Cognac is one of the most famous drinks all over the world. Not everyone likes this drink. Though, this drink has an interesting story and taste. In many movies, the brutal heroes drink cognac. If you want to feel brutal, get some cognac and test your luck at the casino.
Cognac is a strong alcoholic drink made from cognac spirit, aged for a long time in oak barrels. Cognac alcohol is a product of the special distillation of grape wines. The beverage production zones of the Cognac Geographical Indication are strictly defined. There are six in total: Grande Champagne, Petit Champagne, Borderies, Fain Bois, Bon Bois, en Bois à terroir. The soils in each of them are special. They are sandy, red stony, limestone, and siliceous. This allows you to collect grapes with different taste characteristics and, as a result, get significantly different distillates from each other.
There are more than 5,000 winegrowers in the region. Most uni blanc grapes grow here, to a lesser extent there are varieties of Colombard and Folle Blanche. The ripened crop is harvested by some by hand, but in most farms, special equipment is used.
For a long time, cognac was considered a classic digestif, which is usually drunk in the company of gentlemen who gathered after dinner to smoke a cigar by the fireplace. But modern rules for serving and combining cognac are much more flexible and interesting.
Young VS cognacs go well with sparkling water or tonic water and are served as an aperitif with light snacks. In addition, they are an excellent base for cocktails and are used for cooking.
VSOP medium-aged cognacs are drunk as an aperitif with ice or sparkling water. Creative chefs add VSOP Cognac to dressings and sauces, such as making a dressing of balsamic vinegar, sibulat, and cognac for lightly salted trout, or a sauce of caramelized onions, olive oil, and cognac for steak.
Old-school connoisseurs drink aged XO cognacs in their pure form as a digestif. But a more advanced audience will appreciate XO with ice as an aperitif before a gastronomic dinner. And to it, bruschetta with gelled oysters smoked eel, and black caviar.
Black caviar is generally an ideal accompaniment to any cognac. But with XO, she is especially good and harmonious.
Grapes are pressed in traditional horizontal or pneumatic presses, the resulting juice is immediately fermented. Adding sugar is strictly prohibited. The pressing and fermentation process varies from manufacturer to manufacturer.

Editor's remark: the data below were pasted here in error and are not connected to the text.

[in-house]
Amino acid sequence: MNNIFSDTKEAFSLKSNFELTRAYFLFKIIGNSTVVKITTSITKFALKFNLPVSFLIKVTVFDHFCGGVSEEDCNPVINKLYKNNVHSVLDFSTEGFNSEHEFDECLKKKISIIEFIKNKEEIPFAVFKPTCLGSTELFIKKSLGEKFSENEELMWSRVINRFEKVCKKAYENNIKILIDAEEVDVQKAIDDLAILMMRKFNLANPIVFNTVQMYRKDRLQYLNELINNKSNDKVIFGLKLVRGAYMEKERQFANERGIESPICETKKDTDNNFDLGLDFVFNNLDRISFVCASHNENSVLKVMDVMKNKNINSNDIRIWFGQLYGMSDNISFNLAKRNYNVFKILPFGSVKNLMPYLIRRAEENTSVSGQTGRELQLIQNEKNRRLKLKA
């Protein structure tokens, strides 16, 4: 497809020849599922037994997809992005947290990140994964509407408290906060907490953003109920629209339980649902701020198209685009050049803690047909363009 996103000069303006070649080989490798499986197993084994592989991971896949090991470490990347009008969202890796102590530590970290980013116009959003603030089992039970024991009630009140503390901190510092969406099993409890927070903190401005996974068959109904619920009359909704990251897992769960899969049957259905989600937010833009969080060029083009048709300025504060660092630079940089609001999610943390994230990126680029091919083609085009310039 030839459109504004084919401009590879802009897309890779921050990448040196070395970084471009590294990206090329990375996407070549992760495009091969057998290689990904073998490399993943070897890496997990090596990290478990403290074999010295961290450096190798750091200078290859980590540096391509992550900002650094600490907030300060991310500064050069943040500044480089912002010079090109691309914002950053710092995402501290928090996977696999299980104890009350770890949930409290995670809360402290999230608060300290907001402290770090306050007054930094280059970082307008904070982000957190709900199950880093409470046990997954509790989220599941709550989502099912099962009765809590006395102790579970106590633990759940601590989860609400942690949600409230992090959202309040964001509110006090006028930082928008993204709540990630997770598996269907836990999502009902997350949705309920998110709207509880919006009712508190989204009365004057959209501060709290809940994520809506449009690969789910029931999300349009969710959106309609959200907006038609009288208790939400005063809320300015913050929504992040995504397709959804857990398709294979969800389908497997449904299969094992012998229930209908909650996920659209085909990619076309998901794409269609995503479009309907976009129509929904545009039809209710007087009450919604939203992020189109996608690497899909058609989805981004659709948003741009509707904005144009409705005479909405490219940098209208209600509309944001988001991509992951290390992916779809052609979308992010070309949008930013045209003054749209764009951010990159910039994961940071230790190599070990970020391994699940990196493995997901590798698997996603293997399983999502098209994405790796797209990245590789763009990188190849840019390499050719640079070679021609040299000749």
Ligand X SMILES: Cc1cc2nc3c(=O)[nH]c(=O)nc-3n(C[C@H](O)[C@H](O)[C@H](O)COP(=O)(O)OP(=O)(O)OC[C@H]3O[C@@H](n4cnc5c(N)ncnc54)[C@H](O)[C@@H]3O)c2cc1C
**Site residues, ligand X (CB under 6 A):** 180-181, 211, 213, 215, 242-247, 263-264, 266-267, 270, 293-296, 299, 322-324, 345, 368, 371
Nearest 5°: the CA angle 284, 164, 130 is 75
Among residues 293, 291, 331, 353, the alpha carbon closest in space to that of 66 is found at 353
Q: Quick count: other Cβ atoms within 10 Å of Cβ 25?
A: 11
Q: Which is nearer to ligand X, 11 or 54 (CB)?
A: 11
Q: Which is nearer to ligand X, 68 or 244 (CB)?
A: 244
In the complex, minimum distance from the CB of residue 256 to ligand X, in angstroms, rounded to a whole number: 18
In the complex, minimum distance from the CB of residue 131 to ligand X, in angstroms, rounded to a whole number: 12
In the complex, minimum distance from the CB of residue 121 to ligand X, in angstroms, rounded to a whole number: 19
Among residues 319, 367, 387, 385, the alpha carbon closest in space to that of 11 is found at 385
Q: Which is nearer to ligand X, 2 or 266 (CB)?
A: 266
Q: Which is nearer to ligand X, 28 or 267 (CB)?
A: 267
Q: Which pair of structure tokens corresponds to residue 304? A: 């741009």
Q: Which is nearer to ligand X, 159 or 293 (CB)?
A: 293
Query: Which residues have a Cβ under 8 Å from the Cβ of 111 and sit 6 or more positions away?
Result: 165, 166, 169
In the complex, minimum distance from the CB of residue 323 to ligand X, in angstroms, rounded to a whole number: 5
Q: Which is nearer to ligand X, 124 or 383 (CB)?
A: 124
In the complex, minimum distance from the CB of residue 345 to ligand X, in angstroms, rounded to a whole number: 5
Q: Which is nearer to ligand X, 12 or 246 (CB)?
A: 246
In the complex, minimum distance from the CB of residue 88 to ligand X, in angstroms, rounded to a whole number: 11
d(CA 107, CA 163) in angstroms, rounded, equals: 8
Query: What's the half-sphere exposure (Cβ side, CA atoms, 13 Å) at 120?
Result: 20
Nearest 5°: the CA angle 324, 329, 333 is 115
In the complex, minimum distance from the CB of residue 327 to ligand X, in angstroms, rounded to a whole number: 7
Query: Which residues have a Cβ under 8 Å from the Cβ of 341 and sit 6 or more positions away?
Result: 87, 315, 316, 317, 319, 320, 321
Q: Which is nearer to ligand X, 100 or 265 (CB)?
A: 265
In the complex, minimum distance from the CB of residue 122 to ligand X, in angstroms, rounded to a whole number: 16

After the end of alcoholic fermentation, the wine is distilled to cut off excess components and get a pure product, which is called de vie. The distillation process has remained unchanged for over 300 years, but today spirits are distilled twice. The product of the primary distillation is called bruyi or, in our opinion, crude alcohol. Then this rather sharp cloudy liquid is subjected to secondary distillation. It is a delicate operation. During it, the master distiller must catch the moment when it is necessary to cut off the “heads” – primary fractions with high alcohol content and “tails” – secondary coarse fractions. As a result, at the output, the master receives the “heart” of the distillate, or de vies, which will be used to produce cognac.
The next stage is aging de vie in oak barrels for several years. The drink is in constant contact with air, which penetrates through the pores of the wood and assimilates the unique properties of oak – they form the color and bouquet of cognac.
As a rule, alcohol in barrels does not withstand more than 50 years. Then they are poured into special sealed bottles of dark glass or into bottles covered with burlap. Alcohols no longer develop in them, but they do not lose their properties either. The place where the most aged spirits are stored is called “paradise”. The great cognac houses have spirits that are over a hundred years old.